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Association of intestinal permeability with admission vitamin D deficiency in patients who are critically ill


Emerging data have led to the hypothesis that vitamin D plays a role in promoting epithelial barrier dysfunction. Therefore, intestinal permeability becomes a significant determiner in the future of patients hospitalized in intensive care unit (ICU). The relationship between vitamin D and intestinal permeability remains unclear in patients who are critically ill. The aim of the study is to document the relationship between the admission vitamin D deficiency and markers of intestinal permeability in the critical care setting. This was a single-center, observational, prospective study in the general ICU of a university-affiliated hospital. A sample of 144 ICU-hospitalized adult patients was recruited between January and May 2018. The admission serum 25-hydroxyvitamin D levels were measured and categorized as <20 and ≥20 ng/dL, respectively. Moreover, the admission plasma endotoxin and zonulin concentrations as markers of intestinal permeability were determined in stringent conditions. The association between markers of intestinal permeability and 25-hydroxyvitamin D levels was assessed adjusting for potential confounders through an estimation of a binary logistic regression model. Our results showed that median plasma endotoxin and zonulin decreased with increasing serum levels of vitamin D categories (p=0.001) in the overall study population. Multivariate binary logistic regression analyses showed a significant association between the plasma endotoxin (OR 0.12, 95% CI 0.03 to 0.52) and zonulin (OR 0.91, 95% CI 0.87 to 0.99) levels with serum levels of vitamin D categories in the overall population. Our finding suggests a relationship between vitamin D deficiency and early alterations in intestinal permeability. Thus, evaluating vitamin D levels in patients who are critically ill may be warranted.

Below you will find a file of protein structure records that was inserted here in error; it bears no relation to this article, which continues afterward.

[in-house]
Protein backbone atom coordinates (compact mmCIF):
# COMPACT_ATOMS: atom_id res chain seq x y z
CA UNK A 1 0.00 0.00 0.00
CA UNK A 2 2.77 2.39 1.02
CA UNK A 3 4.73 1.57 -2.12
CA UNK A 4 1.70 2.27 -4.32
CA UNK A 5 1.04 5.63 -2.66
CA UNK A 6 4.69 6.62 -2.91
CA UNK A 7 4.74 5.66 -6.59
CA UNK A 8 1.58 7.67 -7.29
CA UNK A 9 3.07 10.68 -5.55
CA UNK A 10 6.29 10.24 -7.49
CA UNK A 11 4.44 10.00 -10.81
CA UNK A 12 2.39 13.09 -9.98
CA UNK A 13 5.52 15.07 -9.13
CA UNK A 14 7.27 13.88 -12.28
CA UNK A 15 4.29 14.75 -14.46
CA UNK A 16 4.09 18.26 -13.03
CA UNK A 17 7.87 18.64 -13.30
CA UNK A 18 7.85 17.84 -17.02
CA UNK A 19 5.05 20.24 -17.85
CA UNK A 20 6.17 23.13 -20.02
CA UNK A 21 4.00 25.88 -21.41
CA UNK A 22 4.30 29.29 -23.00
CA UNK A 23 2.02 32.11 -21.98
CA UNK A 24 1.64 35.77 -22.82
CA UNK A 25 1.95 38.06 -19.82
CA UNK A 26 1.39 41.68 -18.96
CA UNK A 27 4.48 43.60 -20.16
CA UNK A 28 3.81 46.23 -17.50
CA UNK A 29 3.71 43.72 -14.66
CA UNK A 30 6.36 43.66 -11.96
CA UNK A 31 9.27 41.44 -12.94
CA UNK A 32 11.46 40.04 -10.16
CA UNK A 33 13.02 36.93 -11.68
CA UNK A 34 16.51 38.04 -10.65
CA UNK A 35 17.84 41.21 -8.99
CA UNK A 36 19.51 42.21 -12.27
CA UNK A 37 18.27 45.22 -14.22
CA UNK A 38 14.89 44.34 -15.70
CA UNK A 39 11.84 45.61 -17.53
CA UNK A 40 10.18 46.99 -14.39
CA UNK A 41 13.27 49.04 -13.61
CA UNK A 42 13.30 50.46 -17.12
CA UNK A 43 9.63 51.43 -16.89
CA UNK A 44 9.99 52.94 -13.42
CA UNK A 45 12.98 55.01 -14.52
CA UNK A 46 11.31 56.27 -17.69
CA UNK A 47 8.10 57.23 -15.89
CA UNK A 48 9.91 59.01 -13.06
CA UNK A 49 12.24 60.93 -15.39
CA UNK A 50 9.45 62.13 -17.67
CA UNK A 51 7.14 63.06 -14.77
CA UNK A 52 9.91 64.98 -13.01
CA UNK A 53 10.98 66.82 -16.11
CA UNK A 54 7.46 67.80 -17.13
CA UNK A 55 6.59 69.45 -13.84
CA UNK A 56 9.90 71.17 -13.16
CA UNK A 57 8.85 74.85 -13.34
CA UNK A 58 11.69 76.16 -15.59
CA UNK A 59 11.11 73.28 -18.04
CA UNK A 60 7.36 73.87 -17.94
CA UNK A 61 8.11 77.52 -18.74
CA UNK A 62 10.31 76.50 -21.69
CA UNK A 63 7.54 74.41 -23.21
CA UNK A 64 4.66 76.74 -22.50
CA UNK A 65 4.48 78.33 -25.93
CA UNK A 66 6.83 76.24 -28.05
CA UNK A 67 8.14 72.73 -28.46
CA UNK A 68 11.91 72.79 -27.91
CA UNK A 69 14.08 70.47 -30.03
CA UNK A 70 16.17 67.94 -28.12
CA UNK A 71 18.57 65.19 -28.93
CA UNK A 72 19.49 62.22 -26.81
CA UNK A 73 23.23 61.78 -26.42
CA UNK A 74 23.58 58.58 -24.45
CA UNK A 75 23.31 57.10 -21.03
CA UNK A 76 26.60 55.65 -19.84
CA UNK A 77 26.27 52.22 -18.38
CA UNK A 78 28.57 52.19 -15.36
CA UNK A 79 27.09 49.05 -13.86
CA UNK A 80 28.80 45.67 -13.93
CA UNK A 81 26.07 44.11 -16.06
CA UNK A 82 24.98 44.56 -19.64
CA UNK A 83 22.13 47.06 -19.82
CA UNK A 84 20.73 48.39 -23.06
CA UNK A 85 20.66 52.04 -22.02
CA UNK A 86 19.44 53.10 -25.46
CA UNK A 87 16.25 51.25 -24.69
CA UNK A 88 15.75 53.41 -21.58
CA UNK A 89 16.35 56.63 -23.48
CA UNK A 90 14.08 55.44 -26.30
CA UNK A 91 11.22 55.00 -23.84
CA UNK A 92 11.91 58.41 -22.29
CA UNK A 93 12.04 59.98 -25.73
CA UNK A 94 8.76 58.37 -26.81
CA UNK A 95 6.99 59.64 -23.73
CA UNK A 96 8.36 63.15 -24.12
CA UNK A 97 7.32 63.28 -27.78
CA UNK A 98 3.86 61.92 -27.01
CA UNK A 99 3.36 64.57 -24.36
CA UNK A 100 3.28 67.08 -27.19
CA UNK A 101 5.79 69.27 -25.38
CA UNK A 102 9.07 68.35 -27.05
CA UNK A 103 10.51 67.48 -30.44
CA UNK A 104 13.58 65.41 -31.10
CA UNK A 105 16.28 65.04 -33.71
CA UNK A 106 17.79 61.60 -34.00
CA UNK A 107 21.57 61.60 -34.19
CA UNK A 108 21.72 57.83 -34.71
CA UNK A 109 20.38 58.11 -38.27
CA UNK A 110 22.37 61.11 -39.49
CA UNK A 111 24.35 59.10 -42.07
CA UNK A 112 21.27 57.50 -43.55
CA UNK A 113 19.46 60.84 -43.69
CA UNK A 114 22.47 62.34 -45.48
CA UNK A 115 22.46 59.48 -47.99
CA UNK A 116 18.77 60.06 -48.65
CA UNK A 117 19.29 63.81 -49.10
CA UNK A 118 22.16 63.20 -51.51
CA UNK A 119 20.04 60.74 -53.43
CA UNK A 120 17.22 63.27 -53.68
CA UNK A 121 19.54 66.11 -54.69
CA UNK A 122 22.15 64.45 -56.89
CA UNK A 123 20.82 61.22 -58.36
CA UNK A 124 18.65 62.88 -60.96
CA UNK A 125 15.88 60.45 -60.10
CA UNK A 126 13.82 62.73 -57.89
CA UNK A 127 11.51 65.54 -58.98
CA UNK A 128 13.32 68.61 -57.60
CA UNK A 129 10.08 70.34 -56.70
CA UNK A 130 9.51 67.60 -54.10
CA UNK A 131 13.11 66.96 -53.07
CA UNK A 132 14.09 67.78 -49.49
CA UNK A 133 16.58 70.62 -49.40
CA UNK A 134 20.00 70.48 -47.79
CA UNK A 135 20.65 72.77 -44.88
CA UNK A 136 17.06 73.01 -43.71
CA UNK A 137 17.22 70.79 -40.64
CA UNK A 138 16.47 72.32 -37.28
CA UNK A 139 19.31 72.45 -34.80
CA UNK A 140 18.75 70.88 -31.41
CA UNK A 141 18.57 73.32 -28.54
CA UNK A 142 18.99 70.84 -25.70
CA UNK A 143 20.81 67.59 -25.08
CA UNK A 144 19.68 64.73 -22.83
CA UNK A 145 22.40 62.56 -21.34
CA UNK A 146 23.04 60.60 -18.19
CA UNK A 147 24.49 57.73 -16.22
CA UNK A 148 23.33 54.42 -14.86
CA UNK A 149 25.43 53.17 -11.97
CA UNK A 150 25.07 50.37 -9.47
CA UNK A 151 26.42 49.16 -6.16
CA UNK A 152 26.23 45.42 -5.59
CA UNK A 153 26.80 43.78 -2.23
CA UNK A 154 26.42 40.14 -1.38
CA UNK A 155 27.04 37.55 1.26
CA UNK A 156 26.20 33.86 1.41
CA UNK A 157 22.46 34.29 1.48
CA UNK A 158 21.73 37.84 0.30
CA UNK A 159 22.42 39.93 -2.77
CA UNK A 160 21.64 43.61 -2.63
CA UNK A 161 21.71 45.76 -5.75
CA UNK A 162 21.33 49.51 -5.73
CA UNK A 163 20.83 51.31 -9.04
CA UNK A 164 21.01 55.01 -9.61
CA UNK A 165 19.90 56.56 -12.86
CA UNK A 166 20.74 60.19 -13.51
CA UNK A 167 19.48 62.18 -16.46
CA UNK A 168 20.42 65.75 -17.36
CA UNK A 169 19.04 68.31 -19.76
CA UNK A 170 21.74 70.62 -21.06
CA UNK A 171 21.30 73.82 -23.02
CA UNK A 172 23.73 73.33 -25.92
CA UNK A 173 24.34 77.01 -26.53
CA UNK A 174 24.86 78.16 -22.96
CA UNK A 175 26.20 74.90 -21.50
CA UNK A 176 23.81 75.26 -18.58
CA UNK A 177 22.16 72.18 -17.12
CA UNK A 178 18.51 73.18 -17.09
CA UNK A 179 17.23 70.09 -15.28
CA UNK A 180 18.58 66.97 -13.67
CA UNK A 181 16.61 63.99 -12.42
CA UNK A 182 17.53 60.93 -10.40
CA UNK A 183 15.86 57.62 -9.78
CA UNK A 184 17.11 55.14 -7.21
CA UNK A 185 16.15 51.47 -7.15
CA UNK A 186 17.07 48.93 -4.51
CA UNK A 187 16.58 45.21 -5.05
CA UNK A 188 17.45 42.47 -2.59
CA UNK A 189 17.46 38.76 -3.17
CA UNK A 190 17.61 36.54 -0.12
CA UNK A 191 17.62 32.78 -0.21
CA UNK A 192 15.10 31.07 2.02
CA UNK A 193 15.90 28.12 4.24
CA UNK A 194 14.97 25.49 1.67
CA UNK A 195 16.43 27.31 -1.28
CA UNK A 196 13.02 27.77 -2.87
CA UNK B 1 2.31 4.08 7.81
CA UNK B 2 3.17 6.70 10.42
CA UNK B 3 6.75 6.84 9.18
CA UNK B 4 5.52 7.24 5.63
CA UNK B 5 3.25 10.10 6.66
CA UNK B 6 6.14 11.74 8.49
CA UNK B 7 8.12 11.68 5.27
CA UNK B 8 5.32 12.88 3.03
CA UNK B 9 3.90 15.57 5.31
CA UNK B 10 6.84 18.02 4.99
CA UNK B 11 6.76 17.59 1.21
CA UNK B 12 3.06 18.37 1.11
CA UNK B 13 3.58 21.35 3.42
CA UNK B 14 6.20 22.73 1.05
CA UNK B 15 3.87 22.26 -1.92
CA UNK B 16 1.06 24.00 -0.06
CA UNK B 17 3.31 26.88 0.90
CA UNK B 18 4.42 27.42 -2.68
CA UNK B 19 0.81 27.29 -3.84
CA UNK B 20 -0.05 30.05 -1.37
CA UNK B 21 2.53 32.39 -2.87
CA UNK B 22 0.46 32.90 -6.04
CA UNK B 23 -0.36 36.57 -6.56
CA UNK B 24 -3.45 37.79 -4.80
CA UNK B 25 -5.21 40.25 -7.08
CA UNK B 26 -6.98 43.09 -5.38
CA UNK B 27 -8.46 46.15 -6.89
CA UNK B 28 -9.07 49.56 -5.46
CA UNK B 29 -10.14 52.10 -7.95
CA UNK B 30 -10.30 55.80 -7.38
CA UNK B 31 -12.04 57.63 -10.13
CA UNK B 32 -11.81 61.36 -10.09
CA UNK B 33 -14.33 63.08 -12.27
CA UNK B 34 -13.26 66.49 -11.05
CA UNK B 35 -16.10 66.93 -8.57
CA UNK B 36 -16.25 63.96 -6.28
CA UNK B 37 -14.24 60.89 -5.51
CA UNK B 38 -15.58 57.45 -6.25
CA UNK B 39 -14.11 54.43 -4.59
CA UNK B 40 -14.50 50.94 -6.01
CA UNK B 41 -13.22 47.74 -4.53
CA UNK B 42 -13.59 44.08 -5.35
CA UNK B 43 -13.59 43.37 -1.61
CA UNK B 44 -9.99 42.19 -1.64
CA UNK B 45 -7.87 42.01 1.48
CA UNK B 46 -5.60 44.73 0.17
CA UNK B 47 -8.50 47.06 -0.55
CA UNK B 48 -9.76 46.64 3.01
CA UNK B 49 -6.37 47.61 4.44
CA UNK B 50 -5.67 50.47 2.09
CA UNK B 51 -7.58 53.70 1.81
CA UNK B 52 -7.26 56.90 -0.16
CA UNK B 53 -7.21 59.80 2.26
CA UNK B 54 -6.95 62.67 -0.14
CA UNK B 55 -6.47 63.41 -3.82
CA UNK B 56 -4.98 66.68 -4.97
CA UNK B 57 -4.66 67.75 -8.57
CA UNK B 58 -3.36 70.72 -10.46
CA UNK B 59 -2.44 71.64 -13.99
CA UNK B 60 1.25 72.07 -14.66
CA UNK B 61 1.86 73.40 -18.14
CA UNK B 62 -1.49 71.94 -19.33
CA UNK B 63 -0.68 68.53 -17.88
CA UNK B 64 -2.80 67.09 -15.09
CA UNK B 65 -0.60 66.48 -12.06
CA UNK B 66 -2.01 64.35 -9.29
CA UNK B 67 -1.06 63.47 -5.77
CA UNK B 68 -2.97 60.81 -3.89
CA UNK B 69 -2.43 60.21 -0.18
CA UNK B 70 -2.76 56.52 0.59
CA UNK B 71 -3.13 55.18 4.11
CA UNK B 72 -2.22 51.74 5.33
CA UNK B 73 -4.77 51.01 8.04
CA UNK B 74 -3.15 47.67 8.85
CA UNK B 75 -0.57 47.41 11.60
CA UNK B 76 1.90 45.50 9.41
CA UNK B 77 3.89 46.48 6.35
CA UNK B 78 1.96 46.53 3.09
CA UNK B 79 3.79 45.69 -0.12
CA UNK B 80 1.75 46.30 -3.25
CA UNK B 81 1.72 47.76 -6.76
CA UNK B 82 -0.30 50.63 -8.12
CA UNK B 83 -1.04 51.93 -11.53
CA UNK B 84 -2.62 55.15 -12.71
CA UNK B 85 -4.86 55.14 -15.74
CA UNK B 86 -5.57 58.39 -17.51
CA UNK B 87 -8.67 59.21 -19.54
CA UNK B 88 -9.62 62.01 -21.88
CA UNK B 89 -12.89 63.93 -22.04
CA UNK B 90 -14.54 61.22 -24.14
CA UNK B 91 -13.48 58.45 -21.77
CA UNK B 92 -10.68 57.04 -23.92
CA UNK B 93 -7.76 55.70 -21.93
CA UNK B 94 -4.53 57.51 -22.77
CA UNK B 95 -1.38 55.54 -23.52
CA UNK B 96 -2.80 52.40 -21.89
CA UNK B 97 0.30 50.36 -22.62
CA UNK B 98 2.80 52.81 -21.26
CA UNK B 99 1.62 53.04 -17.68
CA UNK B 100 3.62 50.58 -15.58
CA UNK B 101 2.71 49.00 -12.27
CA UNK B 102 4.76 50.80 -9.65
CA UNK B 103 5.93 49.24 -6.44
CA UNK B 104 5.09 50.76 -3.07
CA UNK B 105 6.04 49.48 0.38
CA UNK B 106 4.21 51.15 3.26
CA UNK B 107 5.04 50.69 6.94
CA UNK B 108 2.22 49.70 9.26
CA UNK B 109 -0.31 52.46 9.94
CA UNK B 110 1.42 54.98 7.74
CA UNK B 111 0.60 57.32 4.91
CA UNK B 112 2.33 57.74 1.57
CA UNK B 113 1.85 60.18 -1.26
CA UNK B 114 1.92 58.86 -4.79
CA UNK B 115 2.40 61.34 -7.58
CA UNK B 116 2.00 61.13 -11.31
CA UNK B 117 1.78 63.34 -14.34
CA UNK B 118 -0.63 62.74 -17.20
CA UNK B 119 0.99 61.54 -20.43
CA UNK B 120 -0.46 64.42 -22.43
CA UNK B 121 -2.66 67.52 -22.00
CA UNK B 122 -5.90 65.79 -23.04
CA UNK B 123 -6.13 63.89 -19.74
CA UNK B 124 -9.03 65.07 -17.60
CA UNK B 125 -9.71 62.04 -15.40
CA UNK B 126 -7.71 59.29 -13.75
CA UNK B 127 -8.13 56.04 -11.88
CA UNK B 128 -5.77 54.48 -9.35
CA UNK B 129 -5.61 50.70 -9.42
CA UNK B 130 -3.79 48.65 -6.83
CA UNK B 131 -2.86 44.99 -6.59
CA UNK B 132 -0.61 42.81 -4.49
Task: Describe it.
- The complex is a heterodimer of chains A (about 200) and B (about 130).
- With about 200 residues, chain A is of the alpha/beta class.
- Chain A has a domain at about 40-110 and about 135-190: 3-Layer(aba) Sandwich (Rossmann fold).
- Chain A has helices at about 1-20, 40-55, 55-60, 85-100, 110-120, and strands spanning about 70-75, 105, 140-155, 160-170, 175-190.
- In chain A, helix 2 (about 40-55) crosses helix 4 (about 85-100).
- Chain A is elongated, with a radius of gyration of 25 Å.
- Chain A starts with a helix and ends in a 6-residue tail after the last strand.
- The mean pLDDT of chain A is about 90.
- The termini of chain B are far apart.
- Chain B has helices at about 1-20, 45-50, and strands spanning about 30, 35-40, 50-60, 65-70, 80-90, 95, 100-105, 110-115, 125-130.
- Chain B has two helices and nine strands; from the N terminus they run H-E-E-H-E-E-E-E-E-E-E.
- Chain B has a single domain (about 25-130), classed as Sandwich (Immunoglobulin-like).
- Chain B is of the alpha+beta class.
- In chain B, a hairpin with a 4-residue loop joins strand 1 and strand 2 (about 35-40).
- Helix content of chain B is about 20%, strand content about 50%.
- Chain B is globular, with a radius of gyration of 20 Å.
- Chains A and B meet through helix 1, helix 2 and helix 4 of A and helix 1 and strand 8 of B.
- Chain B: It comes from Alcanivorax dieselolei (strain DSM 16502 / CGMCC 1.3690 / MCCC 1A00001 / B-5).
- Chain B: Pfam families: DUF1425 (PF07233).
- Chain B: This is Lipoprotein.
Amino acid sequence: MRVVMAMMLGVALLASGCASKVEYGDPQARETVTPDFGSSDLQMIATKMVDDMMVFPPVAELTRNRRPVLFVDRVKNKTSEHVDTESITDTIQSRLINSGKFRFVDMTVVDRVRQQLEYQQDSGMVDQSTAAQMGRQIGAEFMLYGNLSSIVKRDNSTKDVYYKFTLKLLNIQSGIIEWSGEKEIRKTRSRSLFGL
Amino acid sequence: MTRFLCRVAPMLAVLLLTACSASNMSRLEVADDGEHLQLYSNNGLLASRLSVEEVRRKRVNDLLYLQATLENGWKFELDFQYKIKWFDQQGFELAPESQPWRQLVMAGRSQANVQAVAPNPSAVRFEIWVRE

• 25-hydroxyvitamin D
  • inflammation
  • intensive care units
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